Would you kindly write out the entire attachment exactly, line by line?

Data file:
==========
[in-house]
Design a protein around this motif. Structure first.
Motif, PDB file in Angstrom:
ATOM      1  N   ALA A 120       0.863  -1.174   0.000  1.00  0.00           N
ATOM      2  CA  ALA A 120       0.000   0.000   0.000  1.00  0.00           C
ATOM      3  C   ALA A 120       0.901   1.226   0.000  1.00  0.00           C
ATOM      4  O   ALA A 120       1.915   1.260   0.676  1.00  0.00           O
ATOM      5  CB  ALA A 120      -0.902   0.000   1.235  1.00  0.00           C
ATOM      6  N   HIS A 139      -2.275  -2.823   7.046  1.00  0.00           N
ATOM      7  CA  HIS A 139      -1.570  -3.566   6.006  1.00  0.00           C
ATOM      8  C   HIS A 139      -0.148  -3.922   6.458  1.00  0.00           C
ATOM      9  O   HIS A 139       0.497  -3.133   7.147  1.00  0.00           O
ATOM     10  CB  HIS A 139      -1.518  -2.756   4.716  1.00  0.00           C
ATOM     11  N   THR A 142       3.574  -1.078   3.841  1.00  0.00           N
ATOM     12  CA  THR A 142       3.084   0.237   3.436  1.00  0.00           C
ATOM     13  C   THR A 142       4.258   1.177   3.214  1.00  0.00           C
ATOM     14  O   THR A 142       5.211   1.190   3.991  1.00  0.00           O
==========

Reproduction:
[in-house]
Design a protein around this motif. Structure first.
Motif, PDB file in Angstrom:
ATOM      1  N   ALA A 120       0.863  -1.174   0.000  1.00  0.00           N
ATOM      2  CA  ALA A 120       0.000   0.000   0.000  1.00  0.00           C
ATOM      3  C   ALA A 120       0.901   1.226   0.000  1.00  0.00           C
ATOM      4  O   ALA A 120       1.915   1.260   0.676  1.00  0.00           O
ATOM      5  CB  ALA A 120      -0.902   0.000   1.235  1.00  0.00           C
ATOM      6  N   HIS A 139      -2.275  -2.823   7.046  1.00  0.00           N
ATOM      7  CA  HIS A 139      -1.570  -3.566   6.006  1.00  0.00           C
ATOM      8  C   HIS A 139      -0.148  -3.922   6.458  1.00  0.00           C
ATOM      9  O   HIS A 139       0.497  -3.133   7.147  1.00  0.00           O
ATOM     10  CB  HIS A 139      -1.518  -2.756   4.716  1.00  0.00           C
ATOM     11  N   THR A 142       3.574  -1.078   3.841  1.00  0.00           N
ATOM     12  CA  THR A 142       3.084   0.237   3.436  1.00  0.00           C
ATOM     13  C   THR A 142       4.258   1.177   3.214  1.00  0.00           C
ATOM     14  O   THR A 142       5.211   1.190   3.991  1.00  0.00           O